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Indexed/Abstracted in: Chemical Abstracts, CINAHL, Current Contents/Clinical Medicine, EMBASE, PubMed/MEDLINE, Science Citation Index Expanded (SciSearch), Scopus
Impact Factor 1,111
Online ISSN 1827-1928
Too D. 1, Wakayama E. J. 2, Locati L. L. 3, Landwer G. E. 4
1 Department of Physical Education and Sport, State University New York, Brockport;
2 Clinical Laboratory Science Program, University of Nevada Las Vegas;
3 Department of Kinesiology, University of Nevada Las Vegas;
4 Department of Physical Education, University of Nevada Las Vegas
Objective. The purpose of this investigation was to document the effect of a 10-wk precompetition bodybuilding diet and training, on blood chemistry and body composition.
Participant. One adult male, steroid and drug free, preparing for a first competition.
Measures. Average daily dietary intake consisted of 2263 calories (71% protein, 16% carbohydrate, 13% fats), with a protein intake of 5.0 gm·kg-1 body mass (BM). Initial body weight of 76.3 kgf (16% body fat) decreased to 63.4 kgf (4.4% body fat). Blood samples for electrolytes, TP, Alb, bilirubin, LDL-C, TG, UA, and amylase were normal. HDL-C levels increased from 65 to 89 mg·dL-1.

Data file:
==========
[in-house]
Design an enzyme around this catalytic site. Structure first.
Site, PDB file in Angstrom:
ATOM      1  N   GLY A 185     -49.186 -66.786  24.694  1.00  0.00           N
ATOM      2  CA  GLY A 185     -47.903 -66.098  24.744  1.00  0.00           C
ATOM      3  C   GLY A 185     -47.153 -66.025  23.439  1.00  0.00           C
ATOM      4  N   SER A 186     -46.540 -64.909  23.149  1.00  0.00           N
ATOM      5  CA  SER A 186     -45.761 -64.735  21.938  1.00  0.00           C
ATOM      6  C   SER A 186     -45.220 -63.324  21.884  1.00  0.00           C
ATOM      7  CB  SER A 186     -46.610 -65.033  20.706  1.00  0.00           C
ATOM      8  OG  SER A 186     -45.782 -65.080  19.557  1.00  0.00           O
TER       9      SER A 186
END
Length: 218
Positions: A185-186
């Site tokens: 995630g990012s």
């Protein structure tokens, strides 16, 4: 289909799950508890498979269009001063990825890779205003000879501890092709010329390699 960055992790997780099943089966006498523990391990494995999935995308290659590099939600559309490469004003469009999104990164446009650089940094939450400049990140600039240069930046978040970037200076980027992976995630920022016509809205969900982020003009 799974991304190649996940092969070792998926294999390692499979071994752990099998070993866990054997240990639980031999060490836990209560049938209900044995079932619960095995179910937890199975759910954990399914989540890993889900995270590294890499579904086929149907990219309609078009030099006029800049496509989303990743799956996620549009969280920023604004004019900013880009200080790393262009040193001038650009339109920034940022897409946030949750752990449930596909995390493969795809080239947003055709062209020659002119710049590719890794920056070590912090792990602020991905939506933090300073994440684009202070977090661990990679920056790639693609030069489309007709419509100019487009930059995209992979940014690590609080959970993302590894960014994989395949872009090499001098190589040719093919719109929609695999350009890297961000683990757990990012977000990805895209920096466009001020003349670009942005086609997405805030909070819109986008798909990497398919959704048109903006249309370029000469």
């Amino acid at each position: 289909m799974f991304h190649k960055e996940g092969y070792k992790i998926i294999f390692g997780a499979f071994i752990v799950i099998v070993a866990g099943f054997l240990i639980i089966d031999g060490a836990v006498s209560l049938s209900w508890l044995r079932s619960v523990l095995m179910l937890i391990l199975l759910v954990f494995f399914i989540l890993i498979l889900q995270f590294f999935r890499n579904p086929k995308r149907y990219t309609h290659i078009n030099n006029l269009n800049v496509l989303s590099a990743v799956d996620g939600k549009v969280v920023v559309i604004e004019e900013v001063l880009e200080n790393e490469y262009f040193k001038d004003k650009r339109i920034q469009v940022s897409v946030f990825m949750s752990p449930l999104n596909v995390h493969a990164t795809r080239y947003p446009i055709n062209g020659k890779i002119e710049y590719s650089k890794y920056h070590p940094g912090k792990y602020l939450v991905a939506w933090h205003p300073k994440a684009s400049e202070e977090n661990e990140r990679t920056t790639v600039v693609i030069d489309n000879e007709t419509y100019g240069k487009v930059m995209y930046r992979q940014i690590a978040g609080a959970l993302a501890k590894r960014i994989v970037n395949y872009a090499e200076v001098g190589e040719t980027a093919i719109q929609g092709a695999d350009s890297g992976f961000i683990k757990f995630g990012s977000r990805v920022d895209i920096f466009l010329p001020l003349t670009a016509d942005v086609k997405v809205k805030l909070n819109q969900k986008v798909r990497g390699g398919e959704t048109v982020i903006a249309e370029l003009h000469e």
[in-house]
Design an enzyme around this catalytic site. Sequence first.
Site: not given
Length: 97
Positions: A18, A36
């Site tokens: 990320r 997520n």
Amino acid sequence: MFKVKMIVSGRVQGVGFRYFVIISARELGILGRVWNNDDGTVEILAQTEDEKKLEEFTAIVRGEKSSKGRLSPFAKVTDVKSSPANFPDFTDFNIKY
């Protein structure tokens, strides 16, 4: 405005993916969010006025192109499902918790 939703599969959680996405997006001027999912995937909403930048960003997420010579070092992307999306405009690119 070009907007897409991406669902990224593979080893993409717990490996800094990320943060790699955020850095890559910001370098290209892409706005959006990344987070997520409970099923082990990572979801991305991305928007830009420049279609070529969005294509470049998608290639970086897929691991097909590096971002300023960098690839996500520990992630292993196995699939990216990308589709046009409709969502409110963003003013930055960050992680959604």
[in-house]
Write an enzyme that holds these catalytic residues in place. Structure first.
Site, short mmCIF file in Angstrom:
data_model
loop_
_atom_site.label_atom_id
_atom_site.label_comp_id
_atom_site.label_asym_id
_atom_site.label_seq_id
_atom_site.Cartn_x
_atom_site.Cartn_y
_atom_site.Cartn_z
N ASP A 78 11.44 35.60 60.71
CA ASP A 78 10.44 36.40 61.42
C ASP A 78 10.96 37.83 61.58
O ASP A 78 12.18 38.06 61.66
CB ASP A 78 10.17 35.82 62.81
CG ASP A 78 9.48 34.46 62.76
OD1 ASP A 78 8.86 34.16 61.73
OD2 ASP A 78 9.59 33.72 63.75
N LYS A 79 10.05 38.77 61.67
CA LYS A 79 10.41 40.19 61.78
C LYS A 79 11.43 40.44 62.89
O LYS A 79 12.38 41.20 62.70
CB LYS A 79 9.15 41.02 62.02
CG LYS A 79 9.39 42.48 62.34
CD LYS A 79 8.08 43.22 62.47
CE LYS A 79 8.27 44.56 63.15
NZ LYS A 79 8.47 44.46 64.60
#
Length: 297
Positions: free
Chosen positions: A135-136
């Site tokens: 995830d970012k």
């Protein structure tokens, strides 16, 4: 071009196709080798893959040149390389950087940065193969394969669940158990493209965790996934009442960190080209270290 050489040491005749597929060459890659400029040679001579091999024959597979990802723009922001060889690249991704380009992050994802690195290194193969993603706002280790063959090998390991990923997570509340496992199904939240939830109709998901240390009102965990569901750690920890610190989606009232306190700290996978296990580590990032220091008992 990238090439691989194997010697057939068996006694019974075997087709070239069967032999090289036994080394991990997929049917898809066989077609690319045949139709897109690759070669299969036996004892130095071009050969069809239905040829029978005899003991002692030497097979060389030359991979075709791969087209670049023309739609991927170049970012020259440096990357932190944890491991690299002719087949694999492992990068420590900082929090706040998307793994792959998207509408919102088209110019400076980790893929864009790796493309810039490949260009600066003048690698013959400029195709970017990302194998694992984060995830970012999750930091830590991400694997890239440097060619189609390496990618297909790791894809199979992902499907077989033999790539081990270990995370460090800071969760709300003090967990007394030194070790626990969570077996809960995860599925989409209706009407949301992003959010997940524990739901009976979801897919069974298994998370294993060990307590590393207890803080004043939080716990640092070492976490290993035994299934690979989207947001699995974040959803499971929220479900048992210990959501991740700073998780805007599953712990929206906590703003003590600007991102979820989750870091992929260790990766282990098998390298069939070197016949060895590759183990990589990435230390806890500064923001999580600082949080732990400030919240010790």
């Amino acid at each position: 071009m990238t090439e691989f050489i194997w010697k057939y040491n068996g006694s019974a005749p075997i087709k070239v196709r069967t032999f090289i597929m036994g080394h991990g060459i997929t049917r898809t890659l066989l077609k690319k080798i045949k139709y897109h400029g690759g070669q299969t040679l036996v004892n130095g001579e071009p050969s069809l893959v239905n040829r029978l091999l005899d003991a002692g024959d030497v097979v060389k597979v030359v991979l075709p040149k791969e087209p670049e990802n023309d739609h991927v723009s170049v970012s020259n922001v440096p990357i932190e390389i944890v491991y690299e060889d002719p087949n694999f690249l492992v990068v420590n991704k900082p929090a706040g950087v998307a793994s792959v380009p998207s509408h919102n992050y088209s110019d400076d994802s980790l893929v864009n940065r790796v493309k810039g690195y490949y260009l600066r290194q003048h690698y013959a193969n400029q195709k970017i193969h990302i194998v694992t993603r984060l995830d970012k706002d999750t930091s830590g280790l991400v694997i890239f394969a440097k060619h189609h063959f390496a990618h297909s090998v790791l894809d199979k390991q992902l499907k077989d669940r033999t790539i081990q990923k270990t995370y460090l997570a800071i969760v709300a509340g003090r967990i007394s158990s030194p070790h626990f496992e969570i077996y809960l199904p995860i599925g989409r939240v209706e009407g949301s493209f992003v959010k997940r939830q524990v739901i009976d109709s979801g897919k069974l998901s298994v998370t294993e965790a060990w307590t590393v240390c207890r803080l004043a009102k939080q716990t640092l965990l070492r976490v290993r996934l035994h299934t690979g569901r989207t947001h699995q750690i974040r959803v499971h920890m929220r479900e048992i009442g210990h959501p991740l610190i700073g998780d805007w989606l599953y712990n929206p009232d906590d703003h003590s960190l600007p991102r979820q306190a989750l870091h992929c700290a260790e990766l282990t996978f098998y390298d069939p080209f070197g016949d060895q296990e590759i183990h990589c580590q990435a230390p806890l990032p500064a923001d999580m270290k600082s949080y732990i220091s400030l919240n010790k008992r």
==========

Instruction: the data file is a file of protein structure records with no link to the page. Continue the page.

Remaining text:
Results. Decreased glucose levels (<50 mg·dL-1), indicated hypoglycemia. Increased Mg, LD, and CK levels indicated intense training. Increased inorganic phosphorus from 3.7 to 8.2 mg·dL-1 suggested lactic acidosis. Increased BUN levels from 16 to 53 mg·dL-1 and creatinine from 1.1 to 1.8 mg·dL-1 may be attributed to a high protein diet. However, heart muscle enzyme (CK-MB) was not elevated.
Conclusions. Substantial changes in body composition and blood chemistry suggest adequate nutrition be ensured, and caution taken to avoid excessive physiologic stresses on the body during precompetition diet and training.